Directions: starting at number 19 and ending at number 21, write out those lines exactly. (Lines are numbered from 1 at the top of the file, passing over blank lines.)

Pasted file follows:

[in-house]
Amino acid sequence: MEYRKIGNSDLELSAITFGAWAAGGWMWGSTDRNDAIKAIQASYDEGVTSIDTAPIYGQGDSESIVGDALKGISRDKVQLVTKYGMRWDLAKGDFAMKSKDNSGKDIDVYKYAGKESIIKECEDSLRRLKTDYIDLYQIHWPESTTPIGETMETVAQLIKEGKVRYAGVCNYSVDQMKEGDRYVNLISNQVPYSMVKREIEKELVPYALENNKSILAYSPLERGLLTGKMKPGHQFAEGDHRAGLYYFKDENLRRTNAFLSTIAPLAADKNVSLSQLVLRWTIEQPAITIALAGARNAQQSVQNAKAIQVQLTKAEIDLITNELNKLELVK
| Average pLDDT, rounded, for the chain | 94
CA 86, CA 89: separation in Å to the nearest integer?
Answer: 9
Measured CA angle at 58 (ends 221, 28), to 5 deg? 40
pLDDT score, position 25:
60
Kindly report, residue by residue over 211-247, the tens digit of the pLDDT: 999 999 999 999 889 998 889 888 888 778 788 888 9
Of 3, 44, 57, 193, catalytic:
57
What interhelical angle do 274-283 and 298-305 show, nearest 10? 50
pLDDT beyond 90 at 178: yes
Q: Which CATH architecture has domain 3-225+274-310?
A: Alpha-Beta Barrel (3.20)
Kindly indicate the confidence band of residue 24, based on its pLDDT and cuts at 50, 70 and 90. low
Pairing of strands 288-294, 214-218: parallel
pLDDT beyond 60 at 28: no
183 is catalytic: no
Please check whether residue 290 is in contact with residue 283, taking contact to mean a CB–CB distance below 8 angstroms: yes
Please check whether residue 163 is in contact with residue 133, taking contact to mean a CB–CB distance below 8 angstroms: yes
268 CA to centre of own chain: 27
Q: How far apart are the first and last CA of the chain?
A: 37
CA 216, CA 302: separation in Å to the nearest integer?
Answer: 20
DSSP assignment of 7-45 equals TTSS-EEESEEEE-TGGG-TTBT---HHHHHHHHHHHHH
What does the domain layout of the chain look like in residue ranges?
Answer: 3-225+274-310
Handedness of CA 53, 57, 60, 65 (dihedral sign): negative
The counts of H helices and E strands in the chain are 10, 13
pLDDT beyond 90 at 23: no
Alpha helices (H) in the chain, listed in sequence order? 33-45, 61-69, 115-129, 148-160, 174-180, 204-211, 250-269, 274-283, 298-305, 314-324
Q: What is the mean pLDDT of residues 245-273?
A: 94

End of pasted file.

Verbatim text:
183 is catalytic: no
Please check whether residue 290 is in contact with residue 283, taking contact to mean a CB–CB distance below 8 angstroms: yes
Please check whether residue 163 is in contact with residue 133, taking contact to mean a CB–CB distance below 8 angstroms: yes